As to Mesolithic, in the past I wrote that a shift from a strictly chrono-typological approach to a processual one would be indispensable. The composition of a lithic assemblage may indicate, in fact, changes in the chronology of a site but also in its use, which has to be evaluated both inside the site and outside it, over an area of potentially complementary places.

Binford’s theories, ethno-archaeological studies, and "site catchment analysis" would offer theoretical support for a re-examination of the Karst Mesolithic. In particular, it is important to remind that the stratigraphical sequence of a site does not necessarily correspond to a linear chronological sequence, as natural sedimentary processes and episodes of human use may not coincide. A site could be frequented for a more or less prolonged period and the use of either the whole area or its individual parts could change or be repeated during this time. Moreover, only in the medium to long term do these episodes leave archaeological evidence, which is conditioned by the formative processes of deposition.

Site use depends on the subsistence strategy adopted. On the grounds that many of the elements fundamental for human subsistence are likely to have co-existed in this limited area (although the Karst would have been only a component of a larger exploitation territory), it is equally possible that Mesolithic groups adopted either foraging or collecting strategies. As foragers they would have moved periodically to new lands, without accumulating resources for the periods of scarcity. As collectors they would have maintained their base camps near one of the main subsistence sources for relatively long periods, at the same time making expeditions for supplies of other resources to be stored over this period. Collectors might have preferred to camp near the coast in order to exploit a "stationary" resource, molluscs, to use either as additional nourishment to game or as their main food during periods of game scarcity. Foraging and collecting strategies might have been either mutually exclusive or alternative, representing adaptations to short-term changes in environment and/or fauna.

Ethnographic data would permit us to take both hypotheses into consideration, but, in the case of the Karst, at present we cannot choose between them because not only local data are still scanty, but also there has been no significative change in theoretical perspective so far.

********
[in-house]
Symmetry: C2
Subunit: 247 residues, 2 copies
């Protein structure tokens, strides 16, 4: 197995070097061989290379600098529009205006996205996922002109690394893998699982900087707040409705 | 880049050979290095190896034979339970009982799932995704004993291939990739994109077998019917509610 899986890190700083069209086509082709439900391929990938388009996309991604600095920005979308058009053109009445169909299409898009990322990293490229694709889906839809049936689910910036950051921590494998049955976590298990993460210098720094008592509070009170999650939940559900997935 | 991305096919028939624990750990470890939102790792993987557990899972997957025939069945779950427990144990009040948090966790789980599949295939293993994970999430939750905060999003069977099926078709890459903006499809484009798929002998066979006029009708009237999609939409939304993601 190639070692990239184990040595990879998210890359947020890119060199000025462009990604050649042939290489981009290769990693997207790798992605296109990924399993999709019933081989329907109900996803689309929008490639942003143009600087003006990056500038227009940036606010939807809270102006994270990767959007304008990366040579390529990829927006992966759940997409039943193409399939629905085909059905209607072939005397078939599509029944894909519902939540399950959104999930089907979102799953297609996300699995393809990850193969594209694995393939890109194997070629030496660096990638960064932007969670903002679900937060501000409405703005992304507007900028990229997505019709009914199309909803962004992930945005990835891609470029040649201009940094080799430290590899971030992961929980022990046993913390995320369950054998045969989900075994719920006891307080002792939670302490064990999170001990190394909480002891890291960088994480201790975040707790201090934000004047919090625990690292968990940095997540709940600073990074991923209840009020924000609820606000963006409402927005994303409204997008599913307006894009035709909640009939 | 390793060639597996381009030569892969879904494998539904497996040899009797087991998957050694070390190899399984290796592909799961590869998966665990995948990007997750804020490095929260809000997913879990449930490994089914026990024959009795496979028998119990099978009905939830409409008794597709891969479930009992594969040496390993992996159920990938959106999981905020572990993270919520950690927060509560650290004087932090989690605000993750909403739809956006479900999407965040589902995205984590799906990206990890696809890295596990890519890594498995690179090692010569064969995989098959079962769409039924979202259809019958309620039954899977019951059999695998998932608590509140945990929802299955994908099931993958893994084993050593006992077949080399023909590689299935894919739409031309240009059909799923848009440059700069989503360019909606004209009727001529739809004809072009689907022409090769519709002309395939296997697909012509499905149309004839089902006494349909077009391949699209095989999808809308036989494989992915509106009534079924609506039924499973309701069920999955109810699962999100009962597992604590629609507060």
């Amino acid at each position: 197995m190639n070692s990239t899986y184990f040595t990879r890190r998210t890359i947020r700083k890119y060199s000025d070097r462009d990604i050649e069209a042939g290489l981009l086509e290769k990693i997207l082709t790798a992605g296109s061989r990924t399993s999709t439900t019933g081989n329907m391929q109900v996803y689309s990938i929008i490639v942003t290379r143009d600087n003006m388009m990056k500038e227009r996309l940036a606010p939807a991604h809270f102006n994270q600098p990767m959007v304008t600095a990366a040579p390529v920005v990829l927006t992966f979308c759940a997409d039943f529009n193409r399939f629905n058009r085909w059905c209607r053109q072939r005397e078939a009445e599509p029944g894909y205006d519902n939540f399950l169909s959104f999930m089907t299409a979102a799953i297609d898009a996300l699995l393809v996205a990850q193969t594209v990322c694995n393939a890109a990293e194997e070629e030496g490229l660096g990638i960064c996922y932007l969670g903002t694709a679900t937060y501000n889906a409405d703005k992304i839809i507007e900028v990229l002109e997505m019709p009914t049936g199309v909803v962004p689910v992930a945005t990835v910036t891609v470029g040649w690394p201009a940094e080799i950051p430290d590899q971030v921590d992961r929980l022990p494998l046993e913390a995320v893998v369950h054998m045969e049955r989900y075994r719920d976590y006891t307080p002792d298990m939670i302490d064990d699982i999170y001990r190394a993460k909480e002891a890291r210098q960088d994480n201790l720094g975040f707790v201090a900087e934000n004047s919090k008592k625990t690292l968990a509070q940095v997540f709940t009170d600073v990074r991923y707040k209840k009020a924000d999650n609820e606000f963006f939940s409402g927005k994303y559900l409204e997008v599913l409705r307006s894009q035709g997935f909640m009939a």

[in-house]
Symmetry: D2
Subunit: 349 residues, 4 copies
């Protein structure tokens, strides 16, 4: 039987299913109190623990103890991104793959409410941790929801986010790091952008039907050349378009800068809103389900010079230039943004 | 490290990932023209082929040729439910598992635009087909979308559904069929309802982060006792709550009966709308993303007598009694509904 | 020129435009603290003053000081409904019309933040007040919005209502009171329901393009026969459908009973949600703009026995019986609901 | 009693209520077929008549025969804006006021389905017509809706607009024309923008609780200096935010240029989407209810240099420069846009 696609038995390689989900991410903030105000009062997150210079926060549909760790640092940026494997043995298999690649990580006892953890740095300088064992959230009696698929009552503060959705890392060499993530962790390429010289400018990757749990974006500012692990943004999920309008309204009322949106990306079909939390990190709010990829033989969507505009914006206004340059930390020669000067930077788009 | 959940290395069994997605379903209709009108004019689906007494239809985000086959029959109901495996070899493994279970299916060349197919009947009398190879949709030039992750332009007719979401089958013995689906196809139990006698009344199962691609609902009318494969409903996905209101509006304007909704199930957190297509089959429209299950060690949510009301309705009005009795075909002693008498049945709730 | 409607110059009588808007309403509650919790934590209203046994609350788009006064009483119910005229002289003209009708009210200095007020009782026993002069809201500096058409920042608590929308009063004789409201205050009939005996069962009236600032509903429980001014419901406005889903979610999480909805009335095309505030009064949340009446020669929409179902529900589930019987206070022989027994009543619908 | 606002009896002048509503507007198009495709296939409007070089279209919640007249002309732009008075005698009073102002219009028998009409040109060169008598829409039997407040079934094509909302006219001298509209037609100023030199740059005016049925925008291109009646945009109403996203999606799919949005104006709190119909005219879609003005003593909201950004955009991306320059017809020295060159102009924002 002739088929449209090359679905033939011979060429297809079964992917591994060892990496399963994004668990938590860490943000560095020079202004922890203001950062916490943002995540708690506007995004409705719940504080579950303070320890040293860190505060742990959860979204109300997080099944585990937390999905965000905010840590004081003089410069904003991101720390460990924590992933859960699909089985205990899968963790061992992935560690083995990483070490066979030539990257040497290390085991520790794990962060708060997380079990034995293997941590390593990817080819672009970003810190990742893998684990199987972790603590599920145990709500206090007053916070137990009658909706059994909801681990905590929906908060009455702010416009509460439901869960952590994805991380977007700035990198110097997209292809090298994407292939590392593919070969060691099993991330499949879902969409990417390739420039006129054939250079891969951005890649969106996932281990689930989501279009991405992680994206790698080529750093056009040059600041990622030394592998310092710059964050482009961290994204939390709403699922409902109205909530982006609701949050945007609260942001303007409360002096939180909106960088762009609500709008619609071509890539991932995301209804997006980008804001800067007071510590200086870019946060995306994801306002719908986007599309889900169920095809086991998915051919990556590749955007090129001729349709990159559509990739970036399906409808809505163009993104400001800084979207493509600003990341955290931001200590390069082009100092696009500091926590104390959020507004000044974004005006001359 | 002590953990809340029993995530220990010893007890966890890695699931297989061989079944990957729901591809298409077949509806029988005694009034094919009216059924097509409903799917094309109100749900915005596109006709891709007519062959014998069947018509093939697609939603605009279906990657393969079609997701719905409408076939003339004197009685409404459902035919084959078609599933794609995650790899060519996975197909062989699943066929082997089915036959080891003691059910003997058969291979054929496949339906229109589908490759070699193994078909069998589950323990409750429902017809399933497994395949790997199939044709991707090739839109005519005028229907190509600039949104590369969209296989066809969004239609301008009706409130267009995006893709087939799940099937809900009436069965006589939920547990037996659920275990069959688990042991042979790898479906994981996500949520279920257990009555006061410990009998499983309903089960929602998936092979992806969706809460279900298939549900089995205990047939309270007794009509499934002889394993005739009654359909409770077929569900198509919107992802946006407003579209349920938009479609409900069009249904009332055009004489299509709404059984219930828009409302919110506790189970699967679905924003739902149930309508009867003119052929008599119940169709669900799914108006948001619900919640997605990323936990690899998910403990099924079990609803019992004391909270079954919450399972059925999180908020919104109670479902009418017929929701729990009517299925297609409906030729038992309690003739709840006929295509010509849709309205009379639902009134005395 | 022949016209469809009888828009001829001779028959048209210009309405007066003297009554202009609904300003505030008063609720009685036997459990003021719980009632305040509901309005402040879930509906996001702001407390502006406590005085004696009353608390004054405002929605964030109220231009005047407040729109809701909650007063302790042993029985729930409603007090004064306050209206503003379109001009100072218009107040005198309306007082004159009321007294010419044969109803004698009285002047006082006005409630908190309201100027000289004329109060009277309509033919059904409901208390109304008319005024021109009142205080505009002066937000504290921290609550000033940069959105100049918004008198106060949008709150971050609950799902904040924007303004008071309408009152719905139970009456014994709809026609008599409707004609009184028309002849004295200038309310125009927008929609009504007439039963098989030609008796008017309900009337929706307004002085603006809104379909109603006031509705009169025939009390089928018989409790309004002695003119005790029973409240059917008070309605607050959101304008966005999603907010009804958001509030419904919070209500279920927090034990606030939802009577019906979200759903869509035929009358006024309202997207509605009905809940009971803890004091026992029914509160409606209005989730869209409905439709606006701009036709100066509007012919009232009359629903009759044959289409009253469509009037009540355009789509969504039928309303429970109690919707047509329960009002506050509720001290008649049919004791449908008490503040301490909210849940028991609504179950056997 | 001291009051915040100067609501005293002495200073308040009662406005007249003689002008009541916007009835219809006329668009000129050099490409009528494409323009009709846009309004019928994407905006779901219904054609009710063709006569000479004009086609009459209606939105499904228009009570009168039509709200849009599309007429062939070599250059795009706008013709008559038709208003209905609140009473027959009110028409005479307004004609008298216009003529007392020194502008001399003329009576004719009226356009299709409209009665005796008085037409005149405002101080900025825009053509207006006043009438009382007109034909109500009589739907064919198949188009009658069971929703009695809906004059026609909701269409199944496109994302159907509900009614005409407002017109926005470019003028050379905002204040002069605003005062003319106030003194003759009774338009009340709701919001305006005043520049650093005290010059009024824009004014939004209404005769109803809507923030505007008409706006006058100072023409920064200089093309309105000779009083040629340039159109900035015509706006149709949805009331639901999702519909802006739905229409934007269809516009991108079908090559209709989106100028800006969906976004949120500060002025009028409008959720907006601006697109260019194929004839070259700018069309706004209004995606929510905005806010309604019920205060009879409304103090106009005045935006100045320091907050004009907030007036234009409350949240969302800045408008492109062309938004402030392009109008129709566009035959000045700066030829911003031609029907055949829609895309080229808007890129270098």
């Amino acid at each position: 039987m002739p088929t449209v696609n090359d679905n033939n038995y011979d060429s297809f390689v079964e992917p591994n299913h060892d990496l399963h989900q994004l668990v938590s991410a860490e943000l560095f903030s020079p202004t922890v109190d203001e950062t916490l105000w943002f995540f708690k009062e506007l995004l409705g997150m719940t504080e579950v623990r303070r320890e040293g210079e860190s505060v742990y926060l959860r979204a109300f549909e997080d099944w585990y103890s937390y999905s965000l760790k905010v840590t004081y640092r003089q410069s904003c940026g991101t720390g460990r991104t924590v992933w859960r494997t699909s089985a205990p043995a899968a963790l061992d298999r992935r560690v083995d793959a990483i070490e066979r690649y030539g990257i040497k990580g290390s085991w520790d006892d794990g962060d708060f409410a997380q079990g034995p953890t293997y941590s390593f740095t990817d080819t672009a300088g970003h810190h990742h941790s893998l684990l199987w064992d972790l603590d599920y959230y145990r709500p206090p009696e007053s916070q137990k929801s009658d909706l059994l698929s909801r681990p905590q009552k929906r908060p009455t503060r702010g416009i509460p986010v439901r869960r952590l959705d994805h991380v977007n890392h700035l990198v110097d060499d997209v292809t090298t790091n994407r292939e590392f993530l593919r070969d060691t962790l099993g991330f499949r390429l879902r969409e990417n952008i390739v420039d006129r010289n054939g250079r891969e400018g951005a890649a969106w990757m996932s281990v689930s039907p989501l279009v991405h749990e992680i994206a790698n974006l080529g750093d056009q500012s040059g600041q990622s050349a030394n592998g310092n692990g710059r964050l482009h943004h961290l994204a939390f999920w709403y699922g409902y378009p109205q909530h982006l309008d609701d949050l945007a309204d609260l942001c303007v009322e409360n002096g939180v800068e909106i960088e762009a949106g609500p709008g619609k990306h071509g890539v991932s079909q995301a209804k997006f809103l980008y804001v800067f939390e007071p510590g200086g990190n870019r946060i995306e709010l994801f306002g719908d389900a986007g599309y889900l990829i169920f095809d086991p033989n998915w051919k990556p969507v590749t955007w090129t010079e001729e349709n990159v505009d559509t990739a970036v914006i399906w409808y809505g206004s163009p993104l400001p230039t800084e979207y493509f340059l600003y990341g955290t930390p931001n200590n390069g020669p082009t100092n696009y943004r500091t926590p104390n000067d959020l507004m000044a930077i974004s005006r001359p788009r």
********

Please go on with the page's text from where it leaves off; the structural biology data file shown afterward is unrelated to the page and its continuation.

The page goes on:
Moreover, the geo-archaeological studies of the 1990s (Boschian & Montagnari Kokelj 2000; Boschian 2000) have not been conclusive as to Mesolithic. The abundant presence of ash and finely dispersed organic material in deposits of comparable characteristics indicates episodes of rather intensive frequentation of the caves, mainly during the Early Mesolithic. But intensity may mean either continuous use by a single big group of people, or closely spaced episodes of re-use by the same, or even different, smaller groups.

These data alone do not help to define intra-site and inter-site differences in use. A comparative analysis of these data and others, concerning ecofacts and artefacts along with site catchment characteristics, would be indispensable to test whether the high concentration of sites in the Karst is real or apparent: in other words, to investigate the nature of the exploitation strategies – as foragers or collectors – adopted by the Mesolithic communities of the Karst.

Apart from the models specific to the Mesolithic, the methodological issues raised so far are valid also for later periods. Many caves occupied during the Mesolithic continued to be used also later on and, again, the high number of sites should be viewed in the light of possible differential uses within exploitation strategies to be decoded.

For post- Mesolithic periods the recent geo-archaeological studies play a key-role, as in some specific cases they allow to advance impressive new interpretations on sites and land use. The occurrence of burned sheep or goat dung deposits in some Karst caves proves that these sites were visited by groups of shepherds with their flocks probably already in the Neolithic, while cattle herding might have started later.

The use of caves and shelters as stables has been well documented since the early 1970s in the French Midi region during the Early and Middle Neolithic, and more recently in Liguria (Western Italy) during the same cultural facies. Even if the fumier layers (i.e. burned stable layers) are widespread there throughout the Neolithic, they are better represented in the Chassey phases. Two land- and site-use models have been put forward:

  1. Stable-caves (grottes bergeries), i.e. specialized flock-parking sites located on plateaux and visited seasonally by shepherds coming from complementary agricultural open air settlements situated in lowlands or valleys;

  2. Stable-and-dwelling-caves (habitats-bergeries), that is less specialized upland sites, more or less complementary to agricultural and cattle-herding lowland open-air sites.